The grass has turned golden. Spring accented by vibrant wildflowers has faded, but its muted colors are a striking contrast against the deep green of fir trees. October begins tomorrow, but the aspen here are still undergoing their metamorphosis to fiery yellow. Their leaves shimmer in the sunlight.
Summer has unofficially begun. The cool mornings of April have warmed to 70º at 7 a.m. and the temperature gradually rises to the high 80s at mid-day, sometimes even 90º. Sunday’s rain cooled us for a while; the evening breezes sooth Daisy and I as we walk through the school yard in the evenings.
The Yellowstone River is running high and fast and muddy with snowmelt and the Bridger Mountains are still capped with snow. A few river rafts filled with brave souls bob up and down in the rushing water. A golden eagle flaps his wings high above Dome Mountain Ranch.
The owlets are now about 21 days old. They look like tiny ostriches when they stretch their necks and heads up and rotate their faces. Staring straight into the camera, they do not know they are being watched. The owl box is the only world they know, with its cedar shavings and scattered feathers.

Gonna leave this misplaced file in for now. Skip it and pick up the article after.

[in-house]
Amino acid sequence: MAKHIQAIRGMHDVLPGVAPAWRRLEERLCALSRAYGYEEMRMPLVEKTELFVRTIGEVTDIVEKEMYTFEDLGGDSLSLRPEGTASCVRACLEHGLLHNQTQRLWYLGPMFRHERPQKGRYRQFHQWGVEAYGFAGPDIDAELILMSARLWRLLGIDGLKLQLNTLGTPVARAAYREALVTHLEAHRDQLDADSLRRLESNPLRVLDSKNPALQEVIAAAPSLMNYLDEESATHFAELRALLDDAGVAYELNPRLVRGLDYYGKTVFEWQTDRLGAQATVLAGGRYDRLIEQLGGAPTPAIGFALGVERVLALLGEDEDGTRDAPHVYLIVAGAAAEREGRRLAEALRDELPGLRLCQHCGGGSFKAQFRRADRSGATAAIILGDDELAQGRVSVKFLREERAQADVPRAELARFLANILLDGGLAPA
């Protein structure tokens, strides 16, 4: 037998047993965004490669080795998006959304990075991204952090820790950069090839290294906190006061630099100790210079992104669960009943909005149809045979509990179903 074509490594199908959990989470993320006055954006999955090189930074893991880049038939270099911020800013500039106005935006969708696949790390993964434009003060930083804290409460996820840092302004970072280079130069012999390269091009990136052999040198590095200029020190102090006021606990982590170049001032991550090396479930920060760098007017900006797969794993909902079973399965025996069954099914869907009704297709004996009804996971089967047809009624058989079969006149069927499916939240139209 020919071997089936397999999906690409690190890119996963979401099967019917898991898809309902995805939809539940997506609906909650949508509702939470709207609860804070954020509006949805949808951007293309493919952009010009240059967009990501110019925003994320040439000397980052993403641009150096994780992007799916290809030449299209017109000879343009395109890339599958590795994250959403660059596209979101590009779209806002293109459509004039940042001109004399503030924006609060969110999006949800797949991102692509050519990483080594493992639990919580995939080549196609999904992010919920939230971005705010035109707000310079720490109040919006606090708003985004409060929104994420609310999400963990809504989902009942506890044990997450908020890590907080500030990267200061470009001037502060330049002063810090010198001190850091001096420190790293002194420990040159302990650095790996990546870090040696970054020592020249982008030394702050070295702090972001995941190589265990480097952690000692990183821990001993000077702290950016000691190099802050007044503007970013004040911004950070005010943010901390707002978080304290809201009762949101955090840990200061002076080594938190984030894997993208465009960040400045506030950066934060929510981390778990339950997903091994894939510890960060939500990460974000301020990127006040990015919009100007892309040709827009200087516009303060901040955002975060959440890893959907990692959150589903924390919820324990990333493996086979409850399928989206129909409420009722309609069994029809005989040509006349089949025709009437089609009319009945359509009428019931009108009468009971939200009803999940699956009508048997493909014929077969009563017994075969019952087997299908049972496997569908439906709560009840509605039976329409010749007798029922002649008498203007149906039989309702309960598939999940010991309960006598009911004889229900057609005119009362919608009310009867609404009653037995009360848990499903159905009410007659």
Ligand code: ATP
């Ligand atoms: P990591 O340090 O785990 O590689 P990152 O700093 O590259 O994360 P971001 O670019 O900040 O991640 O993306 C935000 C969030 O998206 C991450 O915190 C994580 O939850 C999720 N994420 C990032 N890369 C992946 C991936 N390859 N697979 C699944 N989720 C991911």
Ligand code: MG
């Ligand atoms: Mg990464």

It is a noisy morning in the backyard this first day of April, this Easter Sunday - doves cooing, grackles whistling and bluejays squawking. Wednesday’s rain has left the ground soft and revived the grass. A grackle perches on the sunflower seed feeder; he shimmies down the cage and pokes his long black beak in between the grate squares, black feathers shiny in morning light.
I look at the empty entrance of the owl box and feel only sadness, mostly for the male owl. There is still time for him to find another mate, but disappointment weights on me right now. I have not heard him during the night and can’t find him roosting in the wax leaf ligustrums.